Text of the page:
The fact that the PQCs are competent inclusions in a weak matrix that experienced substantial shear distinguishes them from PRs, where the entire rock is pulverized. Although it cannot be ruled out that gradual brecciation due to shear occurred to some of the clasts included in the AMF gouge, and unsheared PQCs may simply reflect initial stages of that process, the quasi-isotropic tensile fracture pattern suggests that the PQCs formed due to rapid expansion, resulting in a release of stored elastic energy during transient reduction of confining pressure. It has been experimentally demonstrated that under isotropic, or quasi-isotropic expansion, high strain rates are not required for rock pulverization (Griffith et al., 2018). The expansion observed in the PQCs within drill cores is consistent with the elastic strain energy release that can induce tensile stress overcoming the tensile strength of the clasts as soon as confinement decreases. Since the PQCs are usually associated within foliated gouge of the AMF, and nonbrecciated quartz clasts are mostly found in breccias and cataclasites with random (or immature) fabric along the gouge zone (Fig. DR4F), the shattering process may have been governed by the gradient of confining effective stresses linked to the maturity of the gouge fabric. The quartz may have stored a high amount of elastic energy, because (1) it is known to have a high capacity for storage of elastic strain energy in relation to other minerals (Meng and Pan, 2007), and (2) quartz clasts are stiff inclusions in a soft matrix and therefore more likely to accumulate elastic energy (e.g., Eshelby, 1957; Eidelman and Reches, 1992). Regardless of the reason for elastic strain energy accumulation, the expanded clast in the extracted core (Fig. 3C) demonstrates that the clasts did accumulate elastic strain.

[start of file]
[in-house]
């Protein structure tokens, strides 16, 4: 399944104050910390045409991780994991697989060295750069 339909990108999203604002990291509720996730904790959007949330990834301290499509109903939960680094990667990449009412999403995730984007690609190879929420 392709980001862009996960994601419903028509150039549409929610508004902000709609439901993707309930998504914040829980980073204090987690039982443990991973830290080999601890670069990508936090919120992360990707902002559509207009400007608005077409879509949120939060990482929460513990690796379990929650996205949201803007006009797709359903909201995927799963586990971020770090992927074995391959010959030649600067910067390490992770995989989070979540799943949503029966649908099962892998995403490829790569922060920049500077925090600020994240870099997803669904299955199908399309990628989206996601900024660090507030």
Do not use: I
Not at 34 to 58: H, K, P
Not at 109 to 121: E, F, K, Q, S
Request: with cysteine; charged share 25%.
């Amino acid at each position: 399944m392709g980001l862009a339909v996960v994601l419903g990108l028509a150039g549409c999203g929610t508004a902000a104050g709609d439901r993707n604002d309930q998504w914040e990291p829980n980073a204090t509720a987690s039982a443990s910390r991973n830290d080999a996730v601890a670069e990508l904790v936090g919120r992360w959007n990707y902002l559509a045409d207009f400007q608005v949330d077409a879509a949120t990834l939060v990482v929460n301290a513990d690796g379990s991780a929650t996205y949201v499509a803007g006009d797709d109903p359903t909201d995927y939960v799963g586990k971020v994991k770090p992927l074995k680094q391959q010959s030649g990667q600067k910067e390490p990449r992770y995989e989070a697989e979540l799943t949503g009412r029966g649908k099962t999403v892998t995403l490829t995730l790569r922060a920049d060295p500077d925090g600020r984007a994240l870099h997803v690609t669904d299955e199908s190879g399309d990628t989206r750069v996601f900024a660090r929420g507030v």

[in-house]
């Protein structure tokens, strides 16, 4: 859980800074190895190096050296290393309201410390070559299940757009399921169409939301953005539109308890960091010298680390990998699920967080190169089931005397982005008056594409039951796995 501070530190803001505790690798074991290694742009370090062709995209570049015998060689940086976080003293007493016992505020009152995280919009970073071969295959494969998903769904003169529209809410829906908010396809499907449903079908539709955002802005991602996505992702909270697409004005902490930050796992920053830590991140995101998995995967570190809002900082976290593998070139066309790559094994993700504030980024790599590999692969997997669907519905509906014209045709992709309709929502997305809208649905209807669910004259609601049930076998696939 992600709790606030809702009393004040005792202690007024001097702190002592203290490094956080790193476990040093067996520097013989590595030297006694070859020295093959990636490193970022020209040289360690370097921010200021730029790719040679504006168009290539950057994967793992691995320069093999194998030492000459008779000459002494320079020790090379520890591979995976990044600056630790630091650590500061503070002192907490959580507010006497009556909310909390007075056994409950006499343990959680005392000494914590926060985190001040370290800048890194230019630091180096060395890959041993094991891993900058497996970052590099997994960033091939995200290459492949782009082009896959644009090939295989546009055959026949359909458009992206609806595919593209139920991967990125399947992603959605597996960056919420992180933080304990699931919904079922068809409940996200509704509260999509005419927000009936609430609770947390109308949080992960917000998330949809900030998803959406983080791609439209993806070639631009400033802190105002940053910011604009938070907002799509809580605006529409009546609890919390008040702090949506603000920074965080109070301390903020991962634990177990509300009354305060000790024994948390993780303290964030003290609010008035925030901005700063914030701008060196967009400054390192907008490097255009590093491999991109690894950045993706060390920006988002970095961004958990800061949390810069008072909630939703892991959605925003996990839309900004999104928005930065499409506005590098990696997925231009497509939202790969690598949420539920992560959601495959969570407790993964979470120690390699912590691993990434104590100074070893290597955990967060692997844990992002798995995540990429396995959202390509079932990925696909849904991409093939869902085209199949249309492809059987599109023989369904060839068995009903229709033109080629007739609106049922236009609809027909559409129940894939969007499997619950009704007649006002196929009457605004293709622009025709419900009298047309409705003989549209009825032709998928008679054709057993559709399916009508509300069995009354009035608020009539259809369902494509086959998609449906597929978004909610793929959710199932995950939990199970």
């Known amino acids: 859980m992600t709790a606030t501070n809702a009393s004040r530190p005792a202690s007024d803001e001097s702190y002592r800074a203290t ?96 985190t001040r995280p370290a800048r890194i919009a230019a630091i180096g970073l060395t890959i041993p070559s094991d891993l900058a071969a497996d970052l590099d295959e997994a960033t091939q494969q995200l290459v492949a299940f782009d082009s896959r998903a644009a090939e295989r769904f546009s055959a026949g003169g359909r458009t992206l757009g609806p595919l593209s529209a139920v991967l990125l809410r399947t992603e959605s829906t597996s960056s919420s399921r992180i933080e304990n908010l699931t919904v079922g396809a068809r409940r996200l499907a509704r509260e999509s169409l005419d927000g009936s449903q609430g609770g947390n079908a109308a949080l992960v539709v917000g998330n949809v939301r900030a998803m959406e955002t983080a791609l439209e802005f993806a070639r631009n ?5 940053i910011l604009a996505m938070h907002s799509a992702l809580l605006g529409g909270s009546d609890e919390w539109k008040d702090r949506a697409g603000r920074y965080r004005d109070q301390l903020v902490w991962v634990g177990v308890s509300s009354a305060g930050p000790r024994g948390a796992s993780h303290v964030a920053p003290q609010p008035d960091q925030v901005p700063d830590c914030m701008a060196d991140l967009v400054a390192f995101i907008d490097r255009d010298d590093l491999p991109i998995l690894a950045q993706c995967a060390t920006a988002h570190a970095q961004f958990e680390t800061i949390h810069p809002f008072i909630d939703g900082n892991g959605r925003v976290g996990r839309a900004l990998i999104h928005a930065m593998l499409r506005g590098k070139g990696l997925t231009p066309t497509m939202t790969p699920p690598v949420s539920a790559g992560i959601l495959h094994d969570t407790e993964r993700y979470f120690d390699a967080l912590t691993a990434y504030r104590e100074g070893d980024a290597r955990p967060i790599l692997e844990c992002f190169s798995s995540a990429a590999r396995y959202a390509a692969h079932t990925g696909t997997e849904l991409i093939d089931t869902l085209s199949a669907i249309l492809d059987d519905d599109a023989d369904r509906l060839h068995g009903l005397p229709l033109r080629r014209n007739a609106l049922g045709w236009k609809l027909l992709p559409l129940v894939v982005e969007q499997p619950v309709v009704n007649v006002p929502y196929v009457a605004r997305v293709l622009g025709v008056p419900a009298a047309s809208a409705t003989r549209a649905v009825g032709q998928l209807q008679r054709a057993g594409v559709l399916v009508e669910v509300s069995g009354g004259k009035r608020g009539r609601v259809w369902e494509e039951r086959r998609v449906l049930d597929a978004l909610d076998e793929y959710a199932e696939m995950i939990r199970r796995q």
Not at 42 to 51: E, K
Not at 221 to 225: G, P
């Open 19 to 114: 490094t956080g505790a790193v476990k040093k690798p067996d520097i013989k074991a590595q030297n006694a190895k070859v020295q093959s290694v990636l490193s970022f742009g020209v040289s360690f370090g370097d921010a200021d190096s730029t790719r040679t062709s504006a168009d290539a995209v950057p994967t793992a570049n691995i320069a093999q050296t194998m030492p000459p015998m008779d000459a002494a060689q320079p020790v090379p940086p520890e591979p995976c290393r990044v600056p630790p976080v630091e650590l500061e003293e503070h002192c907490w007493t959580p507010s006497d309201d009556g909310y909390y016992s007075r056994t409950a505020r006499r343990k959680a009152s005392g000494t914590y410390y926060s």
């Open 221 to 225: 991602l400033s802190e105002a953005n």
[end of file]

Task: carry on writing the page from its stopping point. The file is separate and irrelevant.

The fact that subangular PQCs in foliated gouge remain whole and preserve their preshattering geometries (Fig. 2A) suggests that pulverization may have occurred after development of the shear-related gouge fabric, and prior to the formation of strain shadows. We propose a model for their development within the AMF based on our observations (Fig. 4). Following initial incorporation of schist fragments into the fault core during fault movement, comminution caused by cataclastic and frictional processes formed a matrix increasingly finer and more enriched in phyllosilicate/clay than the protolith (Fig. 4A). Included fragments tended to be more quartzitic and therefore more resistant to mechanical breakdown than the micaceous fraction. Survivor quartz clasts were strained as the gouge matrix formed, flowed, and compacted around them, causing rigid body rotation, erosion of clast boundaries, and strain energy storage (Figs. 4B and 4C). A drastic confining stress reduction could have induced a sudden volume expansion of clasts, triggering in situ pulverization. Many of the proposed mechanisms for fault-normal stress reduction related to earthquake ruptures could theoretically lead to their formation, including asymmetric stress perturbations due to earthquake rupture on a localized surface (e.g., Ben-Zion and Shi, 2005), and acoustic fluidization (e.g., Xia et al., 2013). Hence, we propose that the PQCs are reliable indicators for paleoseismic activity, which could be extrapolated to analogous pulverized clasts associated with other faults, such as the Carboneras fault. This work provides evidence that the structural features of PQCs can be identified despite being subsequently sheared, which is undoubtedly important in creeping faults, where increasing strain tends to obliterate any preexisting seismic structure.
We thank Andrea Billi, Yvette Kuiper, one anonymous reviewer, and editor Dennis Brown for their helpful comments, which improved the paper. We also thank Richard Albert for further reviews. This research was supported by the Spanish Ministry of Economy and Competitiveness under the INTERGEO (CGL2013–47412-C2–1-P) and QUAKESTEP (CGL2017–83931-C3–1-P) projects.